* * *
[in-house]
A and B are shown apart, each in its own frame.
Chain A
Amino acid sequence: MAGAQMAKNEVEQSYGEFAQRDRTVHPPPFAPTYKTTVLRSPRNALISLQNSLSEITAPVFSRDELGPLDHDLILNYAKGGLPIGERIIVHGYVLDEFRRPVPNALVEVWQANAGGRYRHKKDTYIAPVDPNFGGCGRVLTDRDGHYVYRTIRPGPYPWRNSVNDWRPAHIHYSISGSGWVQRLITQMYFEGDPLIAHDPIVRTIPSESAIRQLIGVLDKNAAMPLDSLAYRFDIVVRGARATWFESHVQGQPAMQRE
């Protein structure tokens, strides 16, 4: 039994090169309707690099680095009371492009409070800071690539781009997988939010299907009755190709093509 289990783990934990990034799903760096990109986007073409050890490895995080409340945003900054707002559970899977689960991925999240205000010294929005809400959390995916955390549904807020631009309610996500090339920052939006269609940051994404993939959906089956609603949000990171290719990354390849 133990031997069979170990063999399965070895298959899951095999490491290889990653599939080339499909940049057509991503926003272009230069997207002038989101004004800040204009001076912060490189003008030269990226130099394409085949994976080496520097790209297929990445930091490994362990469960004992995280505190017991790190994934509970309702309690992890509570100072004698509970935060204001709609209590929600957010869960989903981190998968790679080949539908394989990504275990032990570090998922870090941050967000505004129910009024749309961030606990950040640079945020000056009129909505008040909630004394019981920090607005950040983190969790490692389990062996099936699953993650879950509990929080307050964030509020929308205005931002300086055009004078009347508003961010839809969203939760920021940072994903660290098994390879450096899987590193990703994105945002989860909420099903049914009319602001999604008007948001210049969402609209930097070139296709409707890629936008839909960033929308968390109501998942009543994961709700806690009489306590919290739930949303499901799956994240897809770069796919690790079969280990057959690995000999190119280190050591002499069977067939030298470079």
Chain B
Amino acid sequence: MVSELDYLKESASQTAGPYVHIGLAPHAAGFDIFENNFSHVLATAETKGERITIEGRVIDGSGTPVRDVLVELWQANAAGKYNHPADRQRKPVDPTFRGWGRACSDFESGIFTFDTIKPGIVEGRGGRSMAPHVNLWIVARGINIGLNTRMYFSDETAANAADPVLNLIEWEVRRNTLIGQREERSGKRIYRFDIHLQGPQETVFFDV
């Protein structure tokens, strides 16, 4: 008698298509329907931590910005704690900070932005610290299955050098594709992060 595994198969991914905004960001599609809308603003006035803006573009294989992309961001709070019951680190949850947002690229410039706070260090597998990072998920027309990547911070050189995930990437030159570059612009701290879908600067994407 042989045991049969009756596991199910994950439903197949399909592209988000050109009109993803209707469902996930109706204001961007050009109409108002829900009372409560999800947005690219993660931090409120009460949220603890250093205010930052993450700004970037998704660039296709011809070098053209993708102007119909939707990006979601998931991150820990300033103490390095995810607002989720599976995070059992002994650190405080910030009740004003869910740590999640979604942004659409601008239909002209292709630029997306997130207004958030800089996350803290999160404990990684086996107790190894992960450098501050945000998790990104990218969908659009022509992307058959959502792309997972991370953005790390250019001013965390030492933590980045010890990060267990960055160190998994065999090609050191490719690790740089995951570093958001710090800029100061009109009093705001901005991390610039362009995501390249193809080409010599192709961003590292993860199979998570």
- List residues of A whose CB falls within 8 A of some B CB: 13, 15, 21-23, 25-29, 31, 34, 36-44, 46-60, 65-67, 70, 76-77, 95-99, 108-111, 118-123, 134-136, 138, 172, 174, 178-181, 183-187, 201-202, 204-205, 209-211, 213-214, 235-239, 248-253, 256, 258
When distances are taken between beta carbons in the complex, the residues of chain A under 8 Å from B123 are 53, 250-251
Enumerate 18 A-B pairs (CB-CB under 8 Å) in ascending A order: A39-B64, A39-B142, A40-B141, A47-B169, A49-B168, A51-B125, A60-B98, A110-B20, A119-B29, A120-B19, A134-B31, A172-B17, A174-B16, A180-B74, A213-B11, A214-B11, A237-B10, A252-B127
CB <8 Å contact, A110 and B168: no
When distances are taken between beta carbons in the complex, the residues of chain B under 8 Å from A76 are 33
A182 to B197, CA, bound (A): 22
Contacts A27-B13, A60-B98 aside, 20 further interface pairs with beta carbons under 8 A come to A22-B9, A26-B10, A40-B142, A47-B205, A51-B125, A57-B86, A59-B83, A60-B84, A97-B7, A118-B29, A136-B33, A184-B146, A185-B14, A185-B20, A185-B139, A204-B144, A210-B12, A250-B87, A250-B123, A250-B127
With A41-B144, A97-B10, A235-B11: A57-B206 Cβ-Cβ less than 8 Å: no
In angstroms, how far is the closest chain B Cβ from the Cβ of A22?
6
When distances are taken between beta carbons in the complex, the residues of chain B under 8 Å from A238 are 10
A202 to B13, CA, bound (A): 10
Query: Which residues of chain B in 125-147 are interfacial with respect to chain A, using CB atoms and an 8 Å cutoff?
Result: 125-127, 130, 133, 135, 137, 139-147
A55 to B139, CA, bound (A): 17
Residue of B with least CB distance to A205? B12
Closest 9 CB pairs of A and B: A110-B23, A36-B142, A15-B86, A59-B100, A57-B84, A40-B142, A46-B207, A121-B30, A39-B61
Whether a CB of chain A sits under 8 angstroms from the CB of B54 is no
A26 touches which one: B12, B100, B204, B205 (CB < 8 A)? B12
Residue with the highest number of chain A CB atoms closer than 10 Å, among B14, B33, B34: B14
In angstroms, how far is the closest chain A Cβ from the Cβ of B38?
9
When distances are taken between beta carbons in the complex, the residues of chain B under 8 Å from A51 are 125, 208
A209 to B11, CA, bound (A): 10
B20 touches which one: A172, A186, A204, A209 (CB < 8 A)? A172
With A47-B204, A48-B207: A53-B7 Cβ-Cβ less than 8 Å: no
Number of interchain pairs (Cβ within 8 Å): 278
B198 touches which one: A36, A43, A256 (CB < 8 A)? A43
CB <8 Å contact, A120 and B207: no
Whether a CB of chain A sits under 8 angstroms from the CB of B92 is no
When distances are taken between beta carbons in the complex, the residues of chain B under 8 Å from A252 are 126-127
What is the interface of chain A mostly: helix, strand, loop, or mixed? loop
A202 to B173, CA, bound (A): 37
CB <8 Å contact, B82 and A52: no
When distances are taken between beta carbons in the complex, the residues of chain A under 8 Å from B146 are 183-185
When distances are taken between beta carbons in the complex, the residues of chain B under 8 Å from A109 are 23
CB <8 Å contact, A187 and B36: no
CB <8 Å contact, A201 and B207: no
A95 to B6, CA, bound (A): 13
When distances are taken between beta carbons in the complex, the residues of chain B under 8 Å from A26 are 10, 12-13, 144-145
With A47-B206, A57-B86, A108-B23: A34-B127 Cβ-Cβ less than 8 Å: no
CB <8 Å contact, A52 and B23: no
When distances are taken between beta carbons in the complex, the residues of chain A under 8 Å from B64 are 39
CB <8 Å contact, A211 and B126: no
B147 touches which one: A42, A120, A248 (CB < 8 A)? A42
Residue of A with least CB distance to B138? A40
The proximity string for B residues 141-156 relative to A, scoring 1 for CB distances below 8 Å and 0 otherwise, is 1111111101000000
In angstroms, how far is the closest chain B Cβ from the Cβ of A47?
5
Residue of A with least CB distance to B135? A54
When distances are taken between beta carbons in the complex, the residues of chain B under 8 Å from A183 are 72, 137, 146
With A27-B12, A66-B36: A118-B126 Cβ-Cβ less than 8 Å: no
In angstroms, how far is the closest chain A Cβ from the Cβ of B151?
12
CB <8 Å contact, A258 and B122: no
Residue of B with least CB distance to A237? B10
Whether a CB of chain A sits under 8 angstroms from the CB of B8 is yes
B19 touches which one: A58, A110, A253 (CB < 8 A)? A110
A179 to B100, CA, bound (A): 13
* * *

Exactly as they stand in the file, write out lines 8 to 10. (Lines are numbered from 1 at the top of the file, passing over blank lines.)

């Protein structure tokens, strides 16, 4: 008698298509329907931590910005704690900070932005610290299955050098594709992060 595994198969991914905004960001599609809308603003006035803006573009294989992309961001709070019951680190949850947002690229410039706070260090597998990072998920027309990547911070050189995930990437030159570059612009701290879908600067994407 042989045991049969009756596991199910994950439903197949399909592209988000050109009109993803209707469902996930109706204001961007050009109409108002829900009372409560999800947005690219993660931090409120009460949220603890250093205010930052993450700004970037998704660039296709011809070098053209993708102007119909939707990006979601998931991150820990300033103490390095995810607002989720599976995070059992002994650190405080910030009740004003869910740590999640979604942004659409601008239909002209292709630029997306997130207004958030800089996350803290999160404990990684086996107790190894992960450098501050945000998790990104990218969908659009022509992307058959959502792309997972991370953005790390250019001013965390030492933590980045010890990060267990960055160190998994065999090609050191490719690790740089995951570093958001710090800029100061009109009093705001901005991390610039362009995501390249193809080409010599192709961003590292993860199979998570």
- List residues of A whose CB falls within 8 A of some B CB: 13, 15, 21-23, 25-29, 31, 34, 36-44, 46-60, 65-67, 70, 76-77, 95-99, 108-111, 118-123, 134-136, 138, 172, 174, 178-181, 183-187, 201-202, 204-205, 209-211, 213-214, 235-239, 248-253, 256, 258
When distances are taken between beta carbons in the complex, the residues of chain A under 8 Å from B123 are 53, 250-251